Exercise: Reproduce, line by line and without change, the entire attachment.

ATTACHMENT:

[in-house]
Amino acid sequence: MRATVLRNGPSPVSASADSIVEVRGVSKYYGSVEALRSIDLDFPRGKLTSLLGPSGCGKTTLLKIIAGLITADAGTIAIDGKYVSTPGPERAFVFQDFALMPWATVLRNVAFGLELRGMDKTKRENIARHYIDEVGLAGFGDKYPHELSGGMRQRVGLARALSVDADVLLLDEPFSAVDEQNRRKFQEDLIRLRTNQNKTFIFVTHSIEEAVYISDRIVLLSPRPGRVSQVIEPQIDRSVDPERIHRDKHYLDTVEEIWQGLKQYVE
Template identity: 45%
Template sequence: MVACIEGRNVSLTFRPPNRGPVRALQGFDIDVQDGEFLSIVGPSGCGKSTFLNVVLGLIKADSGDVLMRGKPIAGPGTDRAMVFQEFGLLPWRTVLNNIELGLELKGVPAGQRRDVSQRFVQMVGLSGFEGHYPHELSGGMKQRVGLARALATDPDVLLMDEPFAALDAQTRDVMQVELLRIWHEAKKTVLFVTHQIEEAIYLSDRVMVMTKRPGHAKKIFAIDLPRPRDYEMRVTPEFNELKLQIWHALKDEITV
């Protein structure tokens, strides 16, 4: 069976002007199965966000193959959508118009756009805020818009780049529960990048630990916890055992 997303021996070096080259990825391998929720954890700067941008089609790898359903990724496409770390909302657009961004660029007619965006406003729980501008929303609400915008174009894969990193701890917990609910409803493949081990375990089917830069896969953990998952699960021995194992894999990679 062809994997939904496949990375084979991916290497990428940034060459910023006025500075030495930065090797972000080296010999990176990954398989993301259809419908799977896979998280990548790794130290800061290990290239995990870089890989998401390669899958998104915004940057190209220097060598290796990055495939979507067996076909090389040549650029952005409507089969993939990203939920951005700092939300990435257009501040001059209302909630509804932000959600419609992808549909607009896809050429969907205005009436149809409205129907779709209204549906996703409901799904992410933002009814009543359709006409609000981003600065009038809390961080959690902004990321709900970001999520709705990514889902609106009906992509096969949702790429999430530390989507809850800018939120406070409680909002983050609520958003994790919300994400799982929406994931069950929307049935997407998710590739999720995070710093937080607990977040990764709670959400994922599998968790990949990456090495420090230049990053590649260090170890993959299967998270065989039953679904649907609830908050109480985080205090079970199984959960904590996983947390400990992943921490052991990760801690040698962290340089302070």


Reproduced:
[in-house]
Amino acid sequence: MRATVLRNGPSPVSASADSIVEVRGVSKYYGSVEALRSIDLDFPRGKLTSLLGPSGCGKTTLLKIIAGLITADAGTIAIDGKYVSTPGPERAFVFQDFALMPWATVLRNVAFGLELRGMDKTKRENIARHYIDEVGLAGFGDKYPHELSGGMRQRVGLARALSVDADVLLLDEPFSAVDEQNRRKFQEDLIRLRTNQNKTFIFVTHSIEEAVYISDRIVLLSPRPGRVSQVIEPQIDRSVDPERIHRDKHYLDTVEEIWQGLKQYVE
Template identity: 45%
Template sequence: MVACIEGRNVSLTFRPPNRGPVRALQGFDIDVQDGEFLSIVGPSGCGKSTFLNVVLGLIKADSGDVLMRGKPIAGPGTDRAMVFQEFGLLPWRTVLNNIELGLELKGVPAGQRRDVSQRFVQMVGLSGFEGHYPHELSGGMKQRVGLARALATDPDVLLMDEPFAALDAQTRDVMQVELLRIWHEAKKTVLFVTHQIEEAIYLSDRVMVMTKRPGHAKKIFAIDLPRPRDYEMRVTPEFNELKLQIWHALKDEITV
């Protein structure tokens, strides 16, 4: 069976002007199965966000193959959508118009756009805020818009780049529960990048630990916890055992 997303021996070096080259990825391998929720954890700067941008089609790898359903990724496409770390909302657009961004660029007619965006406003729980501008929303609400915008174009894969990193701890917990609910409803493949081990375990089917830069896969953990998952699960021995194992894999990679 062809994997939904496949990375084979991916290497990428940034060459910023006025500075030495930065090797972000080296010999990176990954398989993301259809419908799977896979998280990548790794130290800061290990290239995990870089890989998401390669899958998104915004940057190209220097060598290796990055495939979507067996076909090389040549650029952005409507089969993939990203939920951005700092939300990435257009501040001059209302909630509804932000959600419609992808549909607009896809050429969907205005009436149809409205129907779709209204549906996703409901799904992410933002009814009543359709006409609000981003600065009038809390961080959690902004990321709900970001999520709705990514889902609106009906992509096969949702790429999430530390989507809850800018939120406070409680909002983050609520958003994790919300994400799982929406994931069950929307049935997407998710590739999720995070710093937080607990977040990764709670959400994922599998968790990949990456090495420090230049990053590649260090170890993959299967998270065989039953679904649907609830908050109480985080205090079970199984959960904590996983947390400990992943921490052991990760801690040698962290340089302070």